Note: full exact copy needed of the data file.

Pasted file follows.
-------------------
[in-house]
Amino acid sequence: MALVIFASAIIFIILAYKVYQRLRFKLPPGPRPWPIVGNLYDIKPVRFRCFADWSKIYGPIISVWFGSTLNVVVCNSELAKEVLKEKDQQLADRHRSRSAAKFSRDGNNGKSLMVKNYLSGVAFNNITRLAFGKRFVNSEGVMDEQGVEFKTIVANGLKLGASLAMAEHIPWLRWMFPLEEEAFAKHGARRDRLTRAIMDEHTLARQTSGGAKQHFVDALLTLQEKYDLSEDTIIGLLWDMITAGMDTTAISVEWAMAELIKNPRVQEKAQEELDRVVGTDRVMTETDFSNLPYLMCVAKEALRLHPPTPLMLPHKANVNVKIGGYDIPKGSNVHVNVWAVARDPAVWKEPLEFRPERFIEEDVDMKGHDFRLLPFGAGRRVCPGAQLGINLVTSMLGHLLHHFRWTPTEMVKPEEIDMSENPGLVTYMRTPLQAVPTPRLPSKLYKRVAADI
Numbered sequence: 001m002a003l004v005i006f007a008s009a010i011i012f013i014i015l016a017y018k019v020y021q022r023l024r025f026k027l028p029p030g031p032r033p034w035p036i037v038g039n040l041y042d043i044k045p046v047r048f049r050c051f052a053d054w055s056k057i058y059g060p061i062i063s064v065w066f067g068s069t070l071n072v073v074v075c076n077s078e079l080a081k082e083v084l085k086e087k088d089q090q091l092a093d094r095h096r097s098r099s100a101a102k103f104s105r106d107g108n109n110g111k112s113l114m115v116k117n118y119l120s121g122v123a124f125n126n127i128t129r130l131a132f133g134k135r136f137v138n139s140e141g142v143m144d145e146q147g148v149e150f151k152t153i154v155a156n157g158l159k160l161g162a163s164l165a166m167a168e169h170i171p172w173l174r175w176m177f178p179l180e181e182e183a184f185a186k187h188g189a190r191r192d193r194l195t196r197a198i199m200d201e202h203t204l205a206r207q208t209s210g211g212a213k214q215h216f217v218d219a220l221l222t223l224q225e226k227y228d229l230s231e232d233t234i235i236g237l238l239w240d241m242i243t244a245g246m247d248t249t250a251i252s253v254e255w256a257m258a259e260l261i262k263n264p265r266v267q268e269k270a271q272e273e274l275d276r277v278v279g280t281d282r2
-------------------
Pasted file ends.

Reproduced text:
[in-house]
Amino acid sequence: MALVIFASAIIFIILAYKVYQRLRFKLPPGPRPWPIVGNLYDIKPVRFRCFADWSKIYGPIISVWFGSTLNVVVCNSELAKEVLKEKDQQLADRHRSRSAAKFSRDGNNGKSLMVKNYLSGVAFNNITRLAFGKRFVNSEGVMDEQGVEFKTIVANGLKLGASLAMAEHIPWLRWMFPLEEEAFAKHGARRDRLTRAIMDEHTLARQTSGGAKQHFVDALLTLQEKYDLSEDTIIGLLWDMITAGMDTTAISVEWAMAELIKNPRVQEKAQEELDRVVGTDRVMTETDFSNLPYLMCVAKEALRLHPPTPLMLPHKANVNVKIGGYDIPKGSNVHVNVWAVARDPAVWKEPLEFRPERFIEEDVDMKGHDFRLLPFGAGRRVCPGAQLGINLVTSMLGHLLHHFRWTPTEMVKPEEIDMSENPGLVTYMRTPLQAVPTPRLPSKLYKRVAADI
Numbered sequence: 001m002a003l004v005i006f007a008s009a010i011i012f013i014i015l016a017y018k019v020y021q022r023l024r025f026k027l028p029p030g031p032r033p034w035p036i037v038g039n040l041y042d043i044k045p046v047r048f049r050c051f052a053d054w055s056k057i058y059g060p061i062i063s064v065w066f067g068s069t070l071n072v073v074v075c076n077s078e079l080a081k082e083v084l085k086e087k088d089q090q091l092a093d094r095h096r097s098r099s100a101a102k103f104s105r106d107g108n109n110g111k112s113l114m115v116k117n118y119l120s121g122v123a124f125n126n127i128t129r130l131a132f133g134k135r136f137v138n139s140e141g142v143m144d145e146q147g148v149e150f151k152t153i154v155a156n157g158l159k160l161g162a163s164l165a166m167a168e169h170i171p172w173l174r175w176m177f178p179l180e181e182e183a184f185a186k187h188g189a190r191r192d193r194l195t196r197a198i199m200d201e202h203t204l205a206r207q208t209s210g211g212a213k214q215h216f217v218d219a220l221l222t223l224q225e226k227y228d229l230s231e232d233t234i235i236g237l238l239w240d241m242i243t244a245g246m247d248t249t250a251i252s253v254e255w256a257m258a259e260l261i262k263n264p265r266v267q268e269k270a271q272e273e274l275d276r277v278v279g280t281d282r2